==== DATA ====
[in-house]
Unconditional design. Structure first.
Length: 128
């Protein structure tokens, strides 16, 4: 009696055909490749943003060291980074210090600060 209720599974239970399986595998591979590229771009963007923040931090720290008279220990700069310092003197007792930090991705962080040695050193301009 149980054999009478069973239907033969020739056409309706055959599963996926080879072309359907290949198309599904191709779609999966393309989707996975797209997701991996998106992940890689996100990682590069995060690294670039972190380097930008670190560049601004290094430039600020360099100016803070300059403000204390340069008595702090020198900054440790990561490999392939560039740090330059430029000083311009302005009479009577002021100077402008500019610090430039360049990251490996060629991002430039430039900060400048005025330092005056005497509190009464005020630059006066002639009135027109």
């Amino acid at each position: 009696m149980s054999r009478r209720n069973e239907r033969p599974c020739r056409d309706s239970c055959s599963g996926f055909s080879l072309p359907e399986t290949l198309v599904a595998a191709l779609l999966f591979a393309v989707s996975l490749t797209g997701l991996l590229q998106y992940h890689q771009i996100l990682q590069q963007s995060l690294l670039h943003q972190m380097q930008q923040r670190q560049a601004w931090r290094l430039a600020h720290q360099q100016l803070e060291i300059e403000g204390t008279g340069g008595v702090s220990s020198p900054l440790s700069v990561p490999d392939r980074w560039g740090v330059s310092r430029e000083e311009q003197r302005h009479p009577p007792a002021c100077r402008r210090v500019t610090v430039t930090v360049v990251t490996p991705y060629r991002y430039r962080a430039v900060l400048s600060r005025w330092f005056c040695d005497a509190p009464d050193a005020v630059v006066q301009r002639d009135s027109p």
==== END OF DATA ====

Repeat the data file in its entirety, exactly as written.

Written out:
[in-house]
Unconditional design. Structure first.
Length: 128
């Protein structure tokens, strides 16, 4: 009696055909490749943003060291980074210090600060 209720599974239970399986595998591979590229771009963007923040931090720290008279220990700069310092003197007792930090991705962080040695050193301009 149980054999009478069973239907033969020739056409309706055959599963996926080879072309359907290949198309599904191709779609999966393309989707996975797209997701991996998106992940890689996100990682590069995060690294670039972190380097930008670190560049601004290094430039600020360099100016803070300059403000204390340069008595702090020198900054440790990561490999392939560039740090330059430029000083311009302005009479009577002021100077402008500019610090430039360049990251490996060629991002430039430039900060400048005025330092005056005497509190009464005020630059006066002639009135027109």
């Amino acid at each position: 009696m149980s054999r009478r209720n069973e239907r033969p599974c020739r056409d309706s239970c055959s599963g996926f055909s080879l072309p359907e399986t290949l198309v599904a595998a191709l779609l999966f591979a393309v989707s996975l490749t797209g997701l991996l590229q998106y992940h890689q771009i996100l990682q590069q963007s995060l690294l670039h943003q972190m380097q930008q923040r670190q560049a601004w931090r290094l430039a600020h720290q360099q100016l803070e060291i300059e403000g204390t008279g340069g008595v702090s220990s020198p900054l440790s700069v990561p490999d392939r980074w560039g740090v330059s310092r430029e000083e311009q003197r302005h009479p009577p007792a002021c100077r402008r210090v500019t610090v430039t930090v360049v990251t490996p991705y060629r991002y430039r962080a430039v900060l400048s600060r005025w330092f005056c040695d005497a509190p009464d050193a005020v630059v006066q301009r002639d009135s027109p």